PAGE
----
Ryan Murphy, he was able to retain ownership and things like Nip Tuck and American Horror Story. If those existed on Netflix under the new deal he has, he wouldn't get to own them. It is very much a shifting paradigm. Yes, they can pay dollar for doughnuts more than anyone even close, maybe other than Apple. Apple is, interestingly enough, doing something pretty similar. All rights all formats in perpetuity, they're not going to give you a ton of access to the data, whether one person watched it or 1 billion people watched it, you don't know and your number doesn't change.

Chris:
Okay. What these digital distribution networks streaming networks like Netflix, Apple, probably Amazon and everybody else, is if they've basically converted this whole model into work for hire agreement.

Matthew:
That's correct. Yeah. That's right. Yeah. It's horrible.

Chris:
It sucks. It is changing it. I mean, there's good and bad to everything, right? The good is you're a filmmaker, you love making films. You're not going to sweat this stuff. They'll just help you make films. You don't have to worry about the hits and you're losing money. You take none of the risk. They take the risk, they're just going to give you the money. If it works, it works, it doesn't matter. Okay? Then, you don't have the opportunity to build a whole business, an empire like George Lucas did with Star Wars, you just can't do it.

Matthew:
You can't.

Chris:
I see that industry veterans like Spielberg have been very vocal about Netflix or going against Netflix, like not wanting any of the productions that come out of Netflix and these types of distribution networks to be able to be qualified for an Academy Award. Where do you think that's coming from? Is that a reaction to some of this?

Matthew:
Yeah. I mean, I think there's always going to be the old guard. I think what Netflix has done such a good job of is planting their feet on both sides of the content landscape and the technology landscape. Reed Hastings, CEO of Netflix, had made an awesome comment, not this this last ... two earnings calls ago. At the end of the quarter, he made a comment that said, "Netflix has such a low number of employees." It's incredible. It's like 6000 employees, especially for a company worth more than Disney, as you correctly point out.
He said, "Our company has 3000 employees up in the San Francisco Bay Area that believe they work at the best technology company in the world. Then, we have 3000 employees down in Los Angeles that believe they work for the best entertainment company in the world. The best part about Netflix is that both of those groups are right." He's been able to create that business that now has this incredibly aggressive push back. However, unless you're Spielberg, I mean, we deal with A list actors and directors and producers and agents.
Netflix is your first stop. They're quicker in their responses. They say yes, more often than not for quality package. They also have the prestige factor. The rumors about them maybe buying something like AMC or a theater chain so that they'll have their own theatrical footprint and they'll repurpose the theatrical experience so it won't be just used for movie going but it'll be used for multi-purpose entertainment would give them a foothold for all their best films now to be Academy Award winning qualifying.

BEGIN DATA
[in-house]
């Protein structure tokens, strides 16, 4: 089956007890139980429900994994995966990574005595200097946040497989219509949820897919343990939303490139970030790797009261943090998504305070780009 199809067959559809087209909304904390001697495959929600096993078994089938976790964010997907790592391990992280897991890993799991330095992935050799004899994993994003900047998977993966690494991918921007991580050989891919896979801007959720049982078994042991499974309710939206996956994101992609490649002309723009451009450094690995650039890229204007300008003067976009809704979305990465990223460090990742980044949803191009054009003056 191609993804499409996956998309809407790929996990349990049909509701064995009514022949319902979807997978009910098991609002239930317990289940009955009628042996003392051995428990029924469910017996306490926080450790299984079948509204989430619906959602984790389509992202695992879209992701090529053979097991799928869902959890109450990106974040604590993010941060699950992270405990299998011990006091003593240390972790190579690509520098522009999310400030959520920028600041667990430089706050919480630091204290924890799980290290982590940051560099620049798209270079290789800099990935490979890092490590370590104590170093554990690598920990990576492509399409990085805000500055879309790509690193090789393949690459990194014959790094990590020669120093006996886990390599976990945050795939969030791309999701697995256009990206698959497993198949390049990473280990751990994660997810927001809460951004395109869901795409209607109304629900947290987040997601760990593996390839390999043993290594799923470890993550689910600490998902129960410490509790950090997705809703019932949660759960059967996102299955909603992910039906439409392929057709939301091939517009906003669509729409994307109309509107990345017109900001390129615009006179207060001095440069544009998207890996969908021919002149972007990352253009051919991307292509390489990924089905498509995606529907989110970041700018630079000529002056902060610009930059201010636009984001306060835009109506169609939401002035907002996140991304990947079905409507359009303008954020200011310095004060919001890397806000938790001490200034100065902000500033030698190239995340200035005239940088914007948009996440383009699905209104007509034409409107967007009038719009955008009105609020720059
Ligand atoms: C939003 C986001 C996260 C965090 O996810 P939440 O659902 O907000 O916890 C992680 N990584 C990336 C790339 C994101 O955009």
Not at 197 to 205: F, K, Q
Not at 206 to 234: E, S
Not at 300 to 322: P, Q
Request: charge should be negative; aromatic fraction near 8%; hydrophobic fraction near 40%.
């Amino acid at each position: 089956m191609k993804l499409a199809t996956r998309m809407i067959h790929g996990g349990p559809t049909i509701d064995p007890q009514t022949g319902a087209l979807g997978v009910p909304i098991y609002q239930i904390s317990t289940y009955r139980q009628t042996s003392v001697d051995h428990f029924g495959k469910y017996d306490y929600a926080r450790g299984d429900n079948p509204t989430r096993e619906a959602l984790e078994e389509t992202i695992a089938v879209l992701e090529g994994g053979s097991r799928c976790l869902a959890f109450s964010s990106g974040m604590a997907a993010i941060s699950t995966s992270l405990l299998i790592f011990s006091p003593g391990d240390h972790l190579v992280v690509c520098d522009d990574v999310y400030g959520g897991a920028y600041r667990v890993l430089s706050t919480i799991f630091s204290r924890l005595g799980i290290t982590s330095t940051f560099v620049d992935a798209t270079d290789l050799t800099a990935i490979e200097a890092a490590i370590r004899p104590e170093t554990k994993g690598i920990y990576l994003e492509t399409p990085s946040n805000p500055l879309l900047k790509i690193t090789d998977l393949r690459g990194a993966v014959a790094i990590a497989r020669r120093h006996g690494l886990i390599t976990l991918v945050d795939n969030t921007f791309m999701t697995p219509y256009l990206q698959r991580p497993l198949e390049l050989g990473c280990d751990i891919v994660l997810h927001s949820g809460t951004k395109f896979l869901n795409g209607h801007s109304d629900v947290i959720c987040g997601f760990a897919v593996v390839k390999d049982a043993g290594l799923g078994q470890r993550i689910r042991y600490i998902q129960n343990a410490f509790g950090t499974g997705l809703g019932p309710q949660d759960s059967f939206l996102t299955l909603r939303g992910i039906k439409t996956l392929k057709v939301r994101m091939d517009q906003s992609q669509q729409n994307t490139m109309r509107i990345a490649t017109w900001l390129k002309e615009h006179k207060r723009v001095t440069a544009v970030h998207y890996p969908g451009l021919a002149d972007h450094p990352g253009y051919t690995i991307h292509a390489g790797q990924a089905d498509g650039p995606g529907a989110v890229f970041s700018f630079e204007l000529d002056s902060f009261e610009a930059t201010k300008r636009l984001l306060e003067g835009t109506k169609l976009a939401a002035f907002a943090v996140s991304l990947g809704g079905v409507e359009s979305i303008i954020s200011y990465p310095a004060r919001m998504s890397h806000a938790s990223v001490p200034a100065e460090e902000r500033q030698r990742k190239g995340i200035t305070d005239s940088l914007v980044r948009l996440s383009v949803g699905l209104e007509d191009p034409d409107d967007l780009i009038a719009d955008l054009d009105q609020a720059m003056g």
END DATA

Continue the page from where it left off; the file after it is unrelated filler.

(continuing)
Look, I think, it's an incredibly smart company, obviously, with very, very politically sensitive, like Ted Sarandos, the chief content officer, is one of the most well respected creatives in the entertainment business. He knows he's way better off being in Netflix than he is being in Paramount, or Disney or DreamWorks or wherever. He's so well suited, like you've said, to touch so many different areas of creative and so many different types of audiences, because he's able to green light things in a way that no one has ever been able to do because of the breath that Netflix is embarking on.

Chris:
What a dilemma we live in. On the one hand, somebody's going to say yes, somebody's going to move quickly. Probably get out of your business so that the artists can be the artist and pay you probably more than you thought you can get paid. Then, they cap off the back end, it's like there's no perfect world there. On the other model, it's like slow. We approve this. We're going to make changes. You don't have the artistic freedom and the prestige. It's like, what the heck?
You might make it really big and you can own it and that could be your legacy. Wow. It's like, there's a little bit for everybody. I'm just curious, though, so they buy the rights to the Tiger King, and I think it's just like a cultural beast. The people who produced this thing, what are numbers that they looked at? What do they sell themselves for?

Matthew:
Yeah, I mean, I'll tell you, we finance on the BondIt side, probably the largest unscripted content company that does business with Netflix. The average budgets range anywhere from $200,000 per episode to $750,000 per episode. That's the total budget. There may be some breakage, meaning they might pay that premium that I just mentioned. You're not talking huge numbers. You're talking maybe a maximum a million dollars episode. You don't know how much your work for hire, as you said.

Chris:
Right. Yeah. I guess, in the doc film world that sounds like a ginormous number, but episodic television, that's nothing, right?

Matthew:
Correct. That's right.

Chris:
Wow. Okay. All right. Okay. Tell me a little bit about how you decide what projects that you want to put your money behind, like your own money, like the money that you've worked hard to get. How do you decide from your point of view?

Matthew: